Faith’s Take: I love how women are supporting women. In general, women are often pitted against each other, and this is no exception for the entertainment industry. I love that, despite their differences, the women still support each other, well, most of the time. Hacks is all about female empowerment, no matter your age, and I love it.
Derry Girls (2018, Netflix)
That’s the only word that can really describe Derry Girls. From the teenagers to the parents, the show is utterly ridiculous, in the best way possible.
This coming of age/ familial sitcom depicts the candid lives of the five Derry Girls: Erin (Saoirse-Monica Jackson), Orla (Louisa Harland), Michelle (Jamie-Lee O’Donnell), Clare (Nicola Coughan), and James (Dylan Llewellyn). Like most teenagers (or tv teens), they lie to their parents and get caught. They get themselves into horrible situations, and barely make survive. They have crushes that ignore them. Or no one crushes on them and their friends tease them.
At it’s heart, Derry Girls is about the family your born with, and the family you make along the way. I do suggest watching the show…with subtitles. They do have Irish/Northern Irish/British accents (yes, the accents sound different. No, I don’t know who has what) and sometimes you will not be able to understand what they are saying, but it’s part of the charm.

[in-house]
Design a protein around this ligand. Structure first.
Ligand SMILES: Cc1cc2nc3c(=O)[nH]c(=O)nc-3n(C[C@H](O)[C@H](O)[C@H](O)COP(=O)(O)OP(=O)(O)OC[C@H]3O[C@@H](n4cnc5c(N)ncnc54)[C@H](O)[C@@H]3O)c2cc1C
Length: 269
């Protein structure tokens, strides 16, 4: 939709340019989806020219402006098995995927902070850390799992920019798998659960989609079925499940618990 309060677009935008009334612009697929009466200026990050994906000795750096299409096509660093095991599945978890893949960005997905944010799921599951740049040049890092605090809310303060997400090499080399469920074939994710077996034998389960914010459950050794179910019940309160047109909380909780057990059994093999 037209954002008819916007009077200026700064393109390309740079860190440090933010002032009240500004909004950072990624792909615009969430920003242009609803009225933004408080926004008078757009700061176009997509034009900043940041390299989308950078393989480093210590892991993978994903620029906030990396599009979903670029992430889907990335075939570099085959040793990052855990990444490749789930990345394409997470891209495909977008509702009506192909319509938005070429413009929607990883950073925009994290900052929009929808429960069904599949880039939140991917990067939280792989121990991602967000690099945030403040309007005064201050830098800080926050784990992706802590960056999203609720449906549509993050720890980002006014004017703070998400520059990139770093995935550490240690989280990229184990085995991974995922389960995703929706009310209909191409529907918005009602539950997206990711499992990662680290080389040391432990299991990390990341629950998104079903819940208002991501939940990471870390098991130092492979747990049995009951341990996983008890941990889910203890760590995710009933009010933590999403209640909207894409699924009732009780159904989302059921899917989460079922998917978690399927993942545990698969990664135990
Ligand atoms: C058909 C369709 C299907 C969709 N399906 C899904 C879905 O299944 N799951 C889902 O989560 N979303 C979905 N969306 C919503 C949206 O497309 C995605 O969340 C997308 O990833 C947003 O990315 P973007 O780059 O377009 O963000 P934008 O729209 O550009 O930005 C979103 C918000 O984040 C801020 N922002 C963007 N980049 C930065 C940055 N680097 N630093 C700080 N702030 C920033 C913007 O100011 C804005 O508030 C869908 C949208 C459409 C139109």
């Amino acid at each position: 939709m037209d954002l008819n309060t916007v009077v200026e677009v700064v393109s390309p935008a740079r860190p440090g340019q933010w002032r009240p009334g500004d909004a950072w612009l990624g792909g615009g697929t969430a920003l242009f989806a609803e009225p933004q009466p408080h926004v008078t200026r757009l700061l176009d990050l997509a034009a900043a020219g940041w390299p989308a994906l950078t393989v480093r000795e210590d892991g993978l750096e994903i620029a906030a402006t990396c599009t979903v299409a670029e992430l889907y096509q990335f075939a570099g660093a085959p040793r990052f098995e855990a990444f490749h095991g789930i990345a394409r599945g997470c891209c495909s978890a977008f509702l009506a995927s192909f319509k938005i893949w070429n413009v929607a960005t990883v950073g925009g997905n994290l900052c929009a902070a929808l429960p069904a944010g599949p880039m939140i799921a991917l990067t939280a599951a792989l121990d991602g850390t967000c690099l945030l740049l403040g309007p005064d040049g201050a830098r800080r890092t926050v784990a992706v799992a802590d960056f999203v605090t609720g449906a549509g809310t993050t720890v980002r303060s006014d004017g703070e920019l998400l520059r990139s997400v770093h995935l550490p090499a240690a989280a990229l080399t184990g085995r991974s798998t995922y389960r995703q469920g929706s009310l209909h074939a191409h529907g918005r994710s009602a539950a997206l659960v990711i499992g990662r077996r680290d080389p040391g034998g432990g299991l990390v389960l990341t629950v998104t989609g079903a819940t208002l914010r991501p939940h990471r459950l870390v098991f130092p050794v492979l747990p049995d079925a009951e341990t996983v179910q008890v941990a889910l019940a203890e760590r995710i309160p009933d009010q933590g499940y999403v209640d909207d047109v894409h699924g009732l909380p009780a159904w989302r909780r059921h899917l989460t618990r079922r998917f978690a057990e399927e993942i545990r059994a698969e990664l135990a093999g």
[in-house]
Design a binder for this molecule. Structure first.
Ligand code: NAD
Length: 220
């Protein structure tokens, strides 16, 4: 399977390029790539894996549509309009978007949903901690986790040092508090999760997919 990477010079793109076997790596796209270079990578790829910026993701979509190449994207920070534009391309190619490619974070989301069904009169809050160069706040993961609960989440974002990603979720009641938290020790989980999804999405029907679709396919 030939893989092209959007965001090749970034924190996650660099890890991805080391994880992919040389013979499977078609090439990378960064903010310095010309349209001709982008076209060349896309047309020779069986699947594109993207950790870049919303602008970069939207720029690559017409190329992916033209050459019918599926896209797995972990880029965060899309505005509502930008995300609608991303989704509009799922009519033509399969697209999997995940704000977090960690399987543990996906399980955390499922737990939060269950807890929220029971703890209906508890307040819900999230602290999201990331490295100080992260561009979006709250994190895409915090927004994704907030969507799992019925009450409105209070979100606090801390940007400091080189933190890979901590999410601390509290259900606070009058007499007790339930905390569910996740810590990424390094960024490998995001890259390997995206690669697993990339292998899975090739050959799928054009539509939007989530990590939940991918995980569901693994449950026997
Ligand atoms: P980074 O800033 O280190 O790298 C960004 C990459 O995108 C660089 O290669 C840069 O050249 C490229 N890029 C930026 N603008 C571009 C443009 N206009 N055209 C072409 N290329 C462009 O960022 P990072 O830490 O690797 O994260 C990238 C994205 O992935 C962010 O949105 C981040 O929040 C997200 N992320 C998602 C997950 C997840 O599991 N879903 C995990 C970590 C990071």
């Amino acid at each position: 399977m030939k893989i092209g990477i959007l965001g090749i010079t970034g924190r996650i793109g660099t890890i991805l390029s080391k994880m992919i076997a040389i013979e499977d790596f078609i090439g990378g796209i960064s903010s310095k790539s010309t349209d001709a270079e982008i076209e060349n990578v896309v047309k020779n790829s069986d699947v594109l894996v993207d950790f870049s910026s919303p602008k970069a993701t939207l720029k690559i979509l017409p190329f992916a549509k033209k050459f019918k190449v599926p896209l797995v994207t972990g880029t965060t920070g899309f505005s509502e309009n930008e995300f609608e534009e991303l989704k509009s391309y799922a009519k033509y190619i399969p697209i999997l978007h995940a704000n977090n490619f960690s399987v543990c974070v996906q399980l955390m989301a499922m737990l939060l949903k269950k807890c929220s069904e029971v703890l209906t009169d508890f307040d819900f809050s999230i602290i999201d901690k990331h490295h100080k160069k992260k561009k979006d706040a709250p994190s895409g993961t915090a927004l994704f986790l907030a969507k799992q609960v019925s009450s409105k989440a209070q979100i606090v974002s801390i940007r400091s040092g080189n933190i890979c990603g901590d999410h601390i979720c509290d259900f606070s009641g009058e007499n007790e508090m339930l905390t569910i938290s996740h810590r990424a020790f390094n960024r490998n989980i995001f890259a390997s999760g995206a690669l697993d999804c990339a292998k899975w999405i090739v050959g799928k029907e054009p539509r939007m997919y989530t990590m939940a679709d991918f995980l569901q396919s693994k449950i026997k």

My take on Bryley’s opinion: I love how the show takes place in Derry, Northern Ireland, in the 90s. This was such an intense time for everyone in the region, and it’s interesting to see how young adults cope with the situation. But that the conflict doesn’t define them, and that they still have the everyday qualms of all teenagers. While the show has recently ended, I would love an hour move to discover how the girls live now. And thankfully, because the actors are all 30 year old, they could easily play the adult versions of themselves.
Faith’s Take: After studying comedy and sitcoms this year, I have a better understanding of the inner workings of comedies, specifically sitcoms. And from my research and my own attempt at writing a comedy-drama, I can say that the series did everything perfectly. The series utilizes multiple archetypes to build a character and that contrasts and adds to other characters to make scenes silly and ridiculous. This not only adds to the written comedy, but also adds to the physical comedy of the story.
Four comedies and one drama later, you now know my takes on Bryley’s opinion as well as Faith’s Takes. Since Bryley’ has no idea why I randomly asked for her top 5 shows last night, and I have fully tried to remember her opinions. Did I get them right?
That’s right. Bryley, you set me up for failing your birthday present, so I returned the favorite with homework. Please comment below if I guessed your thoughts correctly, incorrectly, or partially correct.
Happy Birthday Bryley!
Faith & the Faith’s Takes Community
The first photo of the iconic duo ever taken.